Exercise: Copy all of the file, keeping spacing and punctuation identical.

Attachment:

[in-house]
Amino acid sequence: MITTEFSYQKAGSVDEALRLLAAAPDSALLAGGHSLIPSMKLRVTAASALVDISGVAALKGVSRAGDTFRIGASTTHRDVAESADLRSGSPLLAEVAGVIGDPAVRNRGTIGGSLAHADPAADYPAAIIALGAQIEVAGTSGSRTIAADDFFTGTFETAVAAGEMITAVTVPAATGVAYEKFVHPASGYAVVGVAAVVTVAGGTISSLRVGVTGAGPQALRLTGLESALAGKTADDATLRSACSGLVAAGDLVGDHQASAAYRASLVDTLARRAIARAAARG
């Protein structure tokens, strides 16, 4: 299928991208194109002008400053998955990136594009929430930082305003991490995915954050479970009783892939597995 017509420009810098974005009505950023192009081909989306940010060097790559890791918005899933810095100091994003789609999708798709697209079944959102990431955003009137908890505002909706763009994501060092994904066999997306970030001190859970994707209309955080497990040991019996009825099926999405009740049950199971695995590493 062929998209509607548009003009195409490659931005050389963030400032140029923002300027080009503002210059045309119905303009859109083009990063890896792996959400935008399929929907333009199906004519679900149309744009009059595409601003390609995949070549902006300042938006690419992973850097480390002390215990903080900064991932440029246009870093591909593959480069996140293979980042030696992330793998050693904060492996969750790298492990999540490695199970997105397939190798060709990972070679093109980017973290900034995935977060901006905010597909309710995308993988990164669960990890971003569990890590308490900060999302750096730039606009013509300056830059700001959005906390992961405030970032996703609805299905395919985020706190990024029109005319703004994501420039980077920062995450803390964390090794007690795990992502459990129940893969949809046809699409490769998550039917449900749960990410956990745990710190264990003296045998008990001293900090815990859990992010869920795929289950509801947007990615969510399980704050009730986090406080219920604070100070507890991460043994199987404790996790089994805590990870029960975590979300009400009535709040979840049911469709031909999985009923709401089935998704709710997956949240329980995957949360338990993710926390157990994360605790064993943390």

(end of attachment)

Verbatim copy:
[in-house]
Amino acid sequence: MITTEFSYQKAGSVDEALRLLAAAPDSALLAGGHSLIPSMKLRVTAASALVDISGVAALKGVSRAGDTFRIGASTTHRDVAESADLRSGSPLLAEVAGVIGDPAVRNRGTIGGSLAHADPAADYPAAIIALGAQIEVAGTSGSRTIAADDFFTGTFETAVAAGEMITAVTVPAATGVAYEKFVHPASGYAVVGVAAVVTVAGGTISSLRVGVTGAGPQALRLTGLESALAGKTADDATLRSACSGLVAAGDLVGDHQASAAYRASLVDTLARRAIARAAARG
């Protein structure tokens, strides 16, 4: 299928991208194109002008400053998955990136594009929430930082305003991490995915954050479970009783892939597995 017509420009810098974005009505950023192009081909989306940010060097790559890791918005899933810095100091994003789609999708798709697209079944959102990431955003009137908890505002909706763009994501060092994904066999997306970030001190859970994707209309955080497990040991019996009825099926999405009740049950199971695995590493 062929998209509607548009003009195409490659931005050389963030400032140029923002300027080009503002210059045309119905303009859109083009990063890896792996959400935008399929929907333009199906004519679900149309744009009059595409601003390609995949070549902006300042938006690419992973850097480390002390215990903080900064991932440029246009870093591909593959480069996140293979980042030696992330793998050693904060492996969750790298492990999540490695199970997105397939190798060709990972070679093109980017973290900034995935977060901006905010597909309710995308993988990164669960990890971003569990890590308490900060999302750096730039606009013509300056830059700001959005906390992961405030970032996703609805299905395919985020706190990024029109005319703004994501420039980077920062995450803390964390090794007690795990992502459990129940893969949809046809699409490769998550039917449900749960990410956990745990710190264990003296045998008990001293900090815990859990992010869920795929289950509801947007990615969510399980704050009730986090406080219920604070100070507890991460043994199987404790996790089994805590990870029960975590979300009400009535709040979840049911469709031909999985009923709401089935998704709710997956949240329980995957949360338990993710926390157990994360605790064993943390």